Passages get into a rhythm after a few days when everyone finds his niche. After a week or so you think you've been doing the same thing forever. That ignores, of course, the occasional mechanical or meteorological contretemps, but those are mere distractions from your arbitrary routines (again with the oxymoron).

Jack & Jan


01 July 2022 | Day 8 to Sitka
Thursday 30 June 2022

New moon, end of June. Second this month. By sunset Friday should see sliver of new crescent chasing Sol to the western horizon, then over the following fourteen nights losing the race as it slowly grows larger and works its way across the night sky to finally rise full in the east just as the sun disappears.

Wind and sea calm. Motoring north to position for catching future northwest wind into Sitka. Becoming noticeably cooler. Sea temp 21C and falling along with water in tank and heater. One of us showered last night - cool, not cold. Jan waited for engine heated warmth to shower tonight. Without new energy water heater holds a few kelvins for a couple of days, but eventually water for slooshing greasy and stinky bits will nearly match air temperature. One of us will probably brave the chill and assert he is (with Russian accent), "strong as bull". Another, demurring from freezing her tahtahs, will reply, "and half as smart".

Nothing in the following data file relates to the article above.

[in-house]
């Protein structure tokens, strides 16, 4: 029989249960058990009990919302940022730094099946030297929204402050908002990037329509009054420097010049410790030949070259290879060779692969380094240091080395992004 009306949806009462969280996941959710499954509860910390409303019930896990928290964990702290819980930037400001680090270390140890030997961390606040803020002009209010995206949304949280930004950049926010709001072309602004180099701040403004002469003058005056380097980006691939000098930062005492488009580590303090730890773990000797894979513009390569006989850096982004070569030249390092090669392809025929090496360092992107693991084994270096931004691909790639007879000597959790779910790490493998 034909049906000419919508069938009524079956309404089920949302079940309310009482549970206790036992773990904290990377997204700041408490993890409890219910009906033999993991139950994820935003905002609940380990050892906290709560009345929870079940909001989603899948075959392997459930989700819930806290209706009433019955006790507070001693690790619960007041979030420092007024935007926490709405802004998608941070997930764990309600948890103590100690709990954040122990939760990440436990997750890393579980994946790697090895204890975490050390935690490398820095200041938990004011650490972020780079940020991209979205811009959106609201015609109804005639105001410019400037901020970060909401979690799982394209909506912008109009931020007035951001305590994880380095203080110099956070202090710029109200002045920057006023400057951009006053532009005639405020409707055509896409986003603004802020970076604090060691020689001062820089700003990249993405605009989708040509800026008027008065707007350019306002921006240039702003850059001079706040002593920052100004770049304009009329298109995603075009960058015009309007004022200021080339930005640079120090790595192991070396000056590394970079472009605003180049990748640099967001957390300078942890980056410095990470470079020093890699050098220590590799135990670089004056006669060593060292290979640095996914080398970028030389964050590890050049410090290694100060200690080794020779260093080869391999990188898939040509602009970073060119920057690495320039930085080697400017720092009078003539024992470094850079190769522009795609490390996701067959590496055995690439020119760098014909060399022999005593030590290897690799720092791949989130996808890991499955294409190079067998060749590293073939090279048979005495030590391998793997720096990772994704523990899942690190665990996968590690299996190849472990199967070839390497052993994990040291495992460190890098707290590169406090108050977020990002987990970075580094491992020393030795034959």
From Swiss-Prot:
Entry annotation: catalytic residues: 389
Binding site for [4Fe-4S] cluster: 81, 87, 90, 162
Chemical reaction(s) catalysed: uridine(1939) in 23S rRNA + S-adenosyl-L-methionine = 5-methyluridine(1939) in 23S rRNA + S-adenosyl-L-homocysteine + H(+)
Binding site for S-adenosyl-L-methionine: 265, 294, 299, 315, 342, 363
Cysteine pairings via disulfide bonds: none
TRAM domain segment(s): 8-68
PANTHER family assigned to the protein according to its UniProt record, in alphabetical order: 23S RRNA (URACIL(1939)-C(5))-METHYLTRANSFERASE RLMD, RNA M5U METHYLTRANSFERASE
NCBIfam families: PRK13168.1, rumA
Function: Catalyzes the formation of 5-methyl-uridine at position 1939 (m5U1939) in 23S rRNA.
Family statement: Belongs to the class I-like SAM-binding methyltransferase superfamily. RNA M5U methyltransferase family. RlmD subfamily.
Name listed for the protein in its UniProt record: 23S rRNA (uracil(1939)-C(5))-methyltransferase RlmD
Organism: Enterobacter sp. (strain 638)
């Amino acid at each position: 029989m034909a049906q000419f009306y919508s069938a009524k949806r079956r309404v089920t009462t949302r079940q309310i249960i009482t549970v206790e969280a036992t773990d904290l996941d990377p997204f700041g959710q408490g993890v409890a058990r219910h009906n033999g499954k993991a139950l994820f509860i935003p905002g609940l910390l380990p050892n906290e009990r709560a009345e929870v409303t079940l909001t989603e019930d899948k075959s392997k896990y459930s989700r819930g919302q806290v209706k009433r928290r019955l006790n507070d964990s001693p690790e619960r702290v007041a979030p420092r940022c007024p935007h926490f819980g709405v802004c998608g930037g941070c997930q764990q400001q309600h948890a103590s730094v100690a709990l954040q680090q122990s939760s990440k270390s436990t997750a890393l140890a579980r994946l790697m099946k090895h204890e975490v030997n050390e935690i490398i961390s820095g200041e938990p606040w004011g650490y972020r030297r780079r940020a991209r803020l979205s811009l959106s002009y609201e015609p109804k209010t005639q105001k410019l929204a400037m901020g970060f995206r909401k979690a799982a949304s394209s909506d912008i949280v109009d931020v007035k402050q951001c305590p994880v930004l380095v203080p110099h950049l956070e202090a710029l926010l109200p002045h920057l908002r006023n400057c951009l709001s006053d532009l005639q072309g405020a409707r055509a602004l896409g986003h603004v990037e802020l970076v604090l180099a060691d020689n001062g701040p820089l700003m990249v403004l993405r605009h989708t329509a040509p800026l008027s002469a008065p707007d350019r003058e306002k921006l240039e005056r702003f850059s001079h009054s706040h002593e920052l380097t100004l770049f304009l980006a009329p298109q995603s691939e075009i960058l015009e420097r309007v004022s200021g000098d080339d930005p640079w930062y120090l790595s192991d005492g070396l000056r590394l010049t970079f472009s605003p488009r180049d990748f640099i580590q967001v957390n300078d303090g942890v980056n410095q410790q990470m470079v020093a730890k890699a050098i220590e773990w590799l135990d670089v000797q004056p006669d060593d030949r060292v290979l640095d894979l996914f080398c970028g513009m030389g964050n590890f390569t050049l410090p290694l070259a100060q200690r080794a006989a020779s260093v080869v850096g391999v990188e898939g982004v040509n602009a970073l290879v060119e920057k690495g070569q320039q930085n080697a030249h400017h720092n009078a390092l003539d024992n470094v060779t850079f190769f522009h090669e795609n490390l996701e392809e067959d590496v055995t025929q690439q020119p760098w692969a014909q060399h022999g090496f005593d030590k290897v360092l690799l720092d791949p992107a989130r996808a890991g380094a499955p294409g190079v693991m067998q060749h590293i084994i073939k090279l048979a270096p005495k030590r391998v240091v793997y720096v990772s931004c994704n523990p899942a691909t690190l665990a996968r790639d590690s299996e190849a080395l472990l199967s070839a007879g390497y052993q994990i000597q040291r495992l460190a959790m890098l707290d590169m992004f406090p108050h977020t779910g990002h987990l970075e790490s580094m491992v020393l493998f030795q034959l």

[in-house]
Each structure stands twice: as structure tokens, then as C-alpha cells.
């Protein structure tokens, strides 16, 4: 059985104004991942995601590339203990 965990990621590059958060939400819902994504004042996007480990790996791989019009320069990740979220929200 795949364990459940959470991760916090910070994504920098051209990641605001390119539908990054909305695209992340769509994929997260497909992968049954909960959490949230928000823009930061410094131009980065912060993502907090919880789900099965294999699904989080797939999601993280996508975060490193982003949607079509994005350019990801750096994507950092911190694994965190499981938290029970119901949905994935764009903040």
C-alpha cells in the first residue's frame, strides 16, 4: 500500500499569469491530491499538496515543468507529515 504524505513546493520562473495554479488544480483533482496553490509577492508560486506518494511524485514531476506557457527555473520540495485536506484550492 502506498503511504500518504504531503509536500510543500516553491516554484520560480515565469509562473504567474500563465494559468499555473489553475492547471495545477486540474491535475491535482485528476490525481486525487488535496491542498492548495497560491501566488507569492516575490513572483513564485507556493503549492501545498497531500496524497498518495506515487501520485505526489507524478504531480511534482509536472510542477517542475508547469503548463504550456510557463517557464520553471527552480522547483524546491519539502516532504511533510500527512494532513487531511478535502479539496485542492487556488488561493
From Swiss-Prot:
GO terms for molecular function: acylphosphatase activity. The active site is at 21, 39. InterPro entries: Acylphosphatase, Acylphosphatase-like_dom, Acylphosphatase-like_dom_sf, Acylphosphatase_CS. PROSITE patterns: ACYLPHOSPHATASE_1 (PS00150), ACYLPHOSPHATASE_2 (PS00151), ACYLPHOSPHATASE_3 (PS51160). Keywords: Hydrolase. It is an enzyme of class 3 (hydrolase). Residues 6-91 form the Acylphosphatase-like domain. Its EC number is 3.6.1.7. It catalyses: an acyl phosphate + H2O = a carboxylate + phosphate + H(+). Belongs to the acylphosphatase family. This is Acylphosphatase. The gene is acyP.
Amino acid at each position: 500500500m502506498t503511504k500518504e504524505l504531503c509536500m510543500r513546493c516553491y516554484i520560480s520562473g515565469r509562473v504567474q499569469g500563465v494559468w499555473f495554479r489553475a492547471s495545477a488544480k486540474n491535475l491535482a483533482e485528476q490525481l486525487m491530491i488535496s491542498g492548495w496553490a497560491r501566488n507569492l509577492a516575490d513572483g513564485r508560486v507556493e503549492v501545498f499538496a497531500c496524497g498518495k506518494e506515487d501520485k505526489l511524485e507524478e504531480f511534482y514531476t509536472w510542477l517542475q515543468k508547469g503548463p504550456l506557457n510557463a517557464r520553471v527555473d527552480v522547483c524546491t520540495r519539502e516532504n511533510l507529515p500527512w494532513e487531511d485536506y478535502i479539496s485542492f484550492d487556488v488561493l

Damaged genoa has been living, rolled up, on upper, port lifeline since Friday. No worries as weather has been lenient and from starboard. Since it's calm, but expect sporty conditions from port side in a day or so decided to flake sail and store in a bag. This exercise with Marie at helm and other three on deck folding sail, fraught with mishap, unaccountably went off without a hitch. Sail bag now lashed to upper deck and secure. We're ready for the tempest so probably won't get one.